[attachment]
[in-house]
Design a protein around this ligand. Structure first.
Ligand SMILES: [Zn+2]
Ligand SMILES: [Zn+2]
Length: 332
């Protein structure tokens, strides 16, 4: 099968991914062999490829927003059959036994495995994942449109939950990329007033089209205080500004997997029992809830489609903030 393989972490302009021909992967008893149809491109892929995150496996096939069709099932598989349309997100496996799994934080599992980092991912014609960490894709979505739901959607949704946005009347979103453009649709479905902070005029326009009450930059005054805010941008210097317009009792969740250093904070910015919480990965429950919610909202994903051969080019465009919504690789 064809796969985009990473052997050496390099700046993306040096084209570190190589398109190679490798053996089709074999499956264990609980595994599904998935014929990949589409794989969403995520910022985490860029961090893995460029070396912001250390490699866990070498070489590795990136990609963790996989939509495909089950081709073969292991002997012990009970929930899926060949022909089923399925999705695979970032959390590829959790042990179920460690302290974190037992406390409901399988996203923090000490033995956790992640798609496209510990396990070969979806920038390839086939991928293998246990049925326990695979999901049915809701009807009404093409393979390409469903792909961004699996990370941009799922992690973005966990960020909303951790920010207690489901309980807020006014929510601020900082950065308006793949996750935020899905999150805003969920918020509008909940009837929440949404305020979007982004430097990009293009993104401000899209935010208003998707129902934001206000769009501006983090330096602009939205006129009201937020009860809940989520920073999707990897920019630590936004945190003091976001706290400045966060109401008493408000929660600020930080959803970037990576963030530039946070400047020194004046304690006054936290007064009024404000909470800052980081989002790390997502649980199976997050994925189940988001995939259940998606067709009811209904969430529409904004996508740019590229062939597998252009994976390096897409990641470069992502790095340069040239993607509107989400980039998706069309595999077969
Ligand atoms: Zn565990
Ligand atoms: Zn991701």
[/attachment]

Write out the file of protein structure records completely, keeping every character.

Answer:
[in-house]
Design a protein around this ligand. Structure first.
Ligand SMILES: [Zn+2]
Ligand SMILES: [Zn+2]
Length: 332
């Protein structure tokens, strides 16, 4: 099968991914062999490829927003059959036994495995994942449109939950990329007033089209205080500004997997029992809830489609903030 393989972490302009021909992967008893149809491109892929995150496996096939069709099932598989349309997100496996799994934080599992980092991912014609960490894709979505739901959607949704946005009347979103453009649709479905902070005029326009009450930059005054805010941008210097317009009792969740250093904070910015919480990965429950919610909202994903051969080019465009919504690789 064809796969985009990473052997050496390099700046993306040096084209570190190589398109190679490798053996089709074999499956264990609980595994599904998935014929990949589409794989969403995520910022985490860029961090893995460029070396912001250390490699866990070498070489590795990136990609963790996989939509495909089950081709073969292991002997012990009970929930899926060949022909089923399925999705695979970032959390590829959790042990179920460690302290974190037992406390409901399988996203923090000490033995956790992640798609496209510990396990070969979806920038390839086939991928293998246990049925326990695979999901049915809701009807009404093409393979390409469903792909961004699996990370941009799922992690973005966990960020909303951790920010207690489901309980807020006014929510601020900082950065308006793949996750935020899905999150805003969920918020509008909940009837929440949404305020979007982004430097990009293009993104401000899209935010208003998707129902934001206000769009501006983090330096602009939205006129009201937020009860809940989520920073999707990897920019630590936004945190003091976001706290400045966060109401008493408000929660600020930080959803970037990576963030530039946070400047020194004046304690006054936290007064009024404000909470800052980081989002790390997502649980199976997050994925189940988001995939259940998606067709009811209904969430529409904004996508740019590229062939597998252009994976390096897409990641470069992502790095340069040239993607509107989400980039998706069309595999077969
Ligand atoms: Zn565990
Ligand atoms: Zn991701």